saving the at least one linguistic model to a linguistic database server and associating it with the labeled speaker;
with the processor, receiving a new textual transcript from the transcription server and a new audio file associated with the new textual transcript from the audio database server;
receiving the at least one linguistic model from the linguistic database server;
receiving at least one acoustic voiceprint associated with a specific speaker from a voiceprint database server;
applying the received at least one linguistic model from the linguistic database server to the new audio file transcript from an audio source to perform diarization of the new audio file by blind diarizing the new audio file and new textual transcript, comparing each new textual speaker cluster to the at least one linguistic model, and labeling each textual speaker cluster as belonging to a customer service agent or belonging to a customer, comparing each audio speaker segment to the at least one acoustic voiceprint, and labeling each audio speaker segment as belonging to a known speaker or belonging to an unknown speaker;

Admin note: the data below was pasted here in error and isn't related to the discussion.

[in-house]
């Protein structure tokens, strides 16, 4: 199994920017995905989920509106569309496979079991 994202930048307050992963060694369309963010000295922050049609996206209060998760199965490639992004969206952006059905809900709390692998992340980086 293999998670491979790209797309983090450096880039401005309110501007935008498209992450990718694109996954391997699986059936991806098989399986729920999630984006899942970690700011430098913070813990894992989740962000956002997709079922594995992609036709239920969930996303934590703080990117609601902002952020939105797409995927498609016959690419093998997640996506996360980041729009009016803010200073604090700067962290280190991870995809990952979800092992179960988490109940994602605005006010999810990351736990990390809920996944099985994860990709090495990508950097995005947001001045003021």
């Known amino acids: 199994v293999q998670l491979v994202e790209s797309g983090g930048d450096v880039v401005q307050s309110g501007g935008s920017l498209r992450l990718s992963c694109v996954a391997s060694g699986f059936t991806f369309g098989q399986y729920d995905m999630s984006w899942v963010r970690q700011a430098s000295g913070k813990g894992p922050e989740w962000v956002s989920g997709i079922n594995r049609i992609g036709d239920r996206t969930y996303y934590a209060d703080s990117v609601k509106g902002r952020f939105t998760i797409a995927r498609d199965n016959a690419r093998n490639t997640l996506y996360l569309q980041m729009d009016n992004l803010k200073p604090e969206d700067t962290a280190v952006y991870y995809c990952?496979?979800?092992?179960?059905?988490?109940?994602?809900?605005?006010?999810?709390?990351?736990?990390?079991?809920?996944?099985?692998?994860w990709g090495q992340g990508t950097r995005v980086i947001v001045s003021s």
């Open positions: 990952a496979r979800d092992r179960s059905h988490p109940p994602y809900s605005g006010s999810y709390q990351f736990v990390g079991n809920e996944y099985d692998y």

when one of the audio speaker segments is labeled as belonging to a known speaker, selecting and transcribing the labeled audio speaker segments with the transcription server;
comparing the selected transcribed labeled audio speaker segments to the textual speaker clusters labeled as belonging to a customer service agent; and